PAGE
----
Discharge is a combination of bacteria, vaginal skin cells, and mucus and fluid from the cervix and vagina, Jennifer Paul, M.D., an ob/gyn at University of Chicago Medicine, tells SELF. It’s totally normal to have discharge that ranges from white to clear, doesn’t have any kind of strong smell, and doesn’t present with symptoms like irritation, itching, and swelling.
You may notice, though, that even your garden variety discharge can leave a bleach-like stain in your underwear. It’s irritating to discover while folding clean laundry, but it’s not a cause for concern. Here’s what to know.
You can blame that “bleached” underwear on your vagina’s naturally acidic pH.
Dr. Paul is hesitant to refer to what the discharge does as “bleaching,” noting that she’s a gynecologist and not a fabric expert. Fair! She can, however, confirm that the acidic nature of vaginal discharge may interact with the dye in underwear and cause a stain.
The resulting discolored splotch in the fabric of your underwear doesn’t automatically mean something is wrong with your discharge or vagina. “People shouldn't be worried about some mild staining,” Taraneh Shirazian, M.D., assistant professor of obstetrics and gynecology at NYU Langone Health in New York City, tells SELF.
But why exactly does this happen? To understand, we need to revisit high school chemistry and go over the pH scale. PH stands for “potential hydrogen.” As a measure of the hydrogen ion concentration within a substance, pH tells you whether something is acidic or basic.
The pH scale is from 0 to 14 or 1 to 14, depending on your source. Either way, pure tap water falls in the middle at 7. Anything with a pH below 7 is acidic, including lemon juice (pH of 2), black coffee (pH of 5), urine (pH of 6), and…vaginal discharge!
Depending on whom you ask, the normal vaginal pH range falls anywhere between 3.5 and 4.5. No matter where in that exact range it lands, that makes the discharge coming from your vagina acidic. “The acid of discharge can discolor clothing, but it's important to keep in mind that that's a normal, healthy discharge for your vagina,” Dr. Paul says.
It’s natural for vaginal pH to fluctuate a bit even within its usual range.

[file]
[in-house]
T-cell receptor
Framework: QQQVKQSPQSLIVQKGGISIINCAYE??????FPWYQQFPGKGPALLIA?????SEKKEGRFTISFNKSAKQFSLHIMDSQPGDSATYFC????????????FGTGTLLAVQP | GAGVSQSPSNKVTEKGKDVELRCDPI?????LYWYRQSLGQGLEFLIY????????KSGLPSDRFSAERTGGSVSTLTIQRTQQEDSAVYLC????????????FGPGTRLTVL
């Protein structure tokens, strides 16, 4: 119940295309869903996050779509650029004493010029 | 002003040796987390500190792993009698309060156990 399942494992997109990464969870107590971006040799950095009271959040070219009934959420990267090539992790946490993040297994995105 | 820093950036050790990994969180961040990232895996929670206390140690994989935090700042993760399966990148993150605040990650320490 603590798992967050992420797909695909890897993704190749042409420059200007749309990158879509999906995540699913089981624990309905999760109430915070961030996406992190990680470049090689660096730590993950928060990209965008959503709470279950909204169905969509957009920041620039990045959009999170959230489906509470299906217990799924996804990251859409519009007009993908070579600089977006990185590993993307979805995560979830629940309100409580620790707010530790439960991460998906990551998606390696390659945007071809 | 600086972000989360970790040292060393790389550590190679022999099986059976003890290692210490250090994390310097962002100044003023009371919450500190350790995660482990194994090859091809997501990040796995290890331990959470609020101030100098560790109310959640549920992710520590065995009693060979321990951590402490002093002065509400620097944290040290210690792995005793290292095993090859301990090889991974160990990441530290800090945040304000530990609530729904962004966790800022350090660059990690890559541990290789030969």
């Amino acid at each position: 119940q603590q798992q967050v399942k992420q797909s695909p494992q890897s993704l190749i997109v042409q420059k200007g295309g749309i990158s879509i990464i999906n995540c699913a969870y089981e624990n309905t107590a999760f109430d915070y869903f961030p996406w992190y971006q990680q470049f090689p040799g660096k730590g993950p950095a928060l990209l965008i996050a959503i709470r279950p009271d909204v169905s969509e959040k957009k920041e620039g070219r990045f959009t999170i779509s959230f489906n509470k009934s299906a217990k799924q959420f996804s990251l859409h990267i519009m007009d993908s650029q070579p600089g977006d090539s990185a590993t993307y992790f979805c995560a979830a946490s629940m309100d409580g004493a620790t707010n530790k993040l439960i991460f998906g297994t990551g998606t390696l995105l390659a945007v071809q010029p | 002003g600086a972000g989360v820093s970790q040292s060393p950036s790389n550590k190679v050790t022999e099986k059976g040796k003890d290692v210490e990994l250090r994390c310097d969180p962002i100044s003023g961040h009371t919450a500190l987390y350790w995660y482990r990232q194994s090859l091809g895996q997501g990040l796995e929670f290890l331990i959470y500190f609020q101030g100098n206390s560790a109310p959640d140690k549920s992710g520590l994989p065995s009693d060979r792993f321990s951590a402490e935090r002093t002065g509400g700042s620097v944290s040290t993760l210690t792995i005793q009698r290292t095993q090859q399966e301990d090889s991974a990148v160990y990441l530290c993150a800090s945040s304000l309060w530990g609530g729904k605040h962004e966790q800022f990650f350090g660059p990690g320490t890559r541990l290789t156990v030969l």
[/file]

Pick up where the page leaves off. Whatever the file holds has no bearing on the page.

This fluctuation is not always a problem in and of itself. The vagina “has its own equilibrium,” says Dr. Shirazian. When its pH balance is disturbed, it should—and usually does—eventually find its way back to normal. “It's like a self-cleaning oven, the vagina, because there's constant growth and maintenance of the bacteria,” says Dr. Shirazian.
When your vagina’s pH gets really out of whack and stays there, it can lead to issues like yeast infections.
“It's very uncommon to have a vagina that's too acidic,” explains Dr. Paul. “The issue is actually when the vagina becomes not acidic enough.” This can give rise to different infections.
For instance, the vagina is home to a type of fungus called Candida, or yeast. Lactobacilli bacteria are supposed to maintain the vagina’s acidity. This keeps the amount of yeast in the vagina under control, thus preventing yeast infections, says Dr. Paul. But when your vaginal pH isn’t in the right range, yeast can proliferate, leading to itching, burning, cottage cheese-esque discharge, and other yeast infection symptoms.
Another pH-related problem is bacterial vaginosis, which is when the “bad” vaginal bacteria are able to take over the “good” vaginal bacteria, leading to symptoms like a fishy odor, itching, burning when you pee, and more.
If you notice any strange vaginal symptoms, Dr. Paul underscores the importance of getting a diagnosis from a medical professional. “It's very difficult to accurately self-diagnose what's going on, and you want to make sure that you're getting the right treatment for the right infection,” she says.
So, what do you do if your normal vaginal discharge is constantly staining your underwear?
The experts advise against wearing tampons to soak up discharge if you don’t have your period. For starters, you don’t produce as much vaginal discharge as you do menstrual blood, which means the tampon will really just be soaking up vaginal moisture, potentially leading to irritation and micro-tears upon removal. Plus, when you’re not threatened by period leaks, you may be less likely to remember to remove that tampon, which could put you at a higher risk of toxic shock syndrome. (This condition is extremely rare, but it’s still worth avoiding the risk factors, like keeping a tampon in for over eight hours.) Instead, you might want to consider going the pantyliner route, although you should make sure any pantyliner you use is unscented. Fragrances in these items can be irritating to your vulva, Dr. Paul says.
It might be easiest to change your underwear more often and give each pair a quick rinse or wash when you take it off, Dr. Paul says. That way, the discharge doesn’t have as much time to set in. In other words, yes, more laundry is one possible way to handle this. Whether you want to go that route or decide you’re fine with some pairs of naturally tie-dyed underwear is really up to you.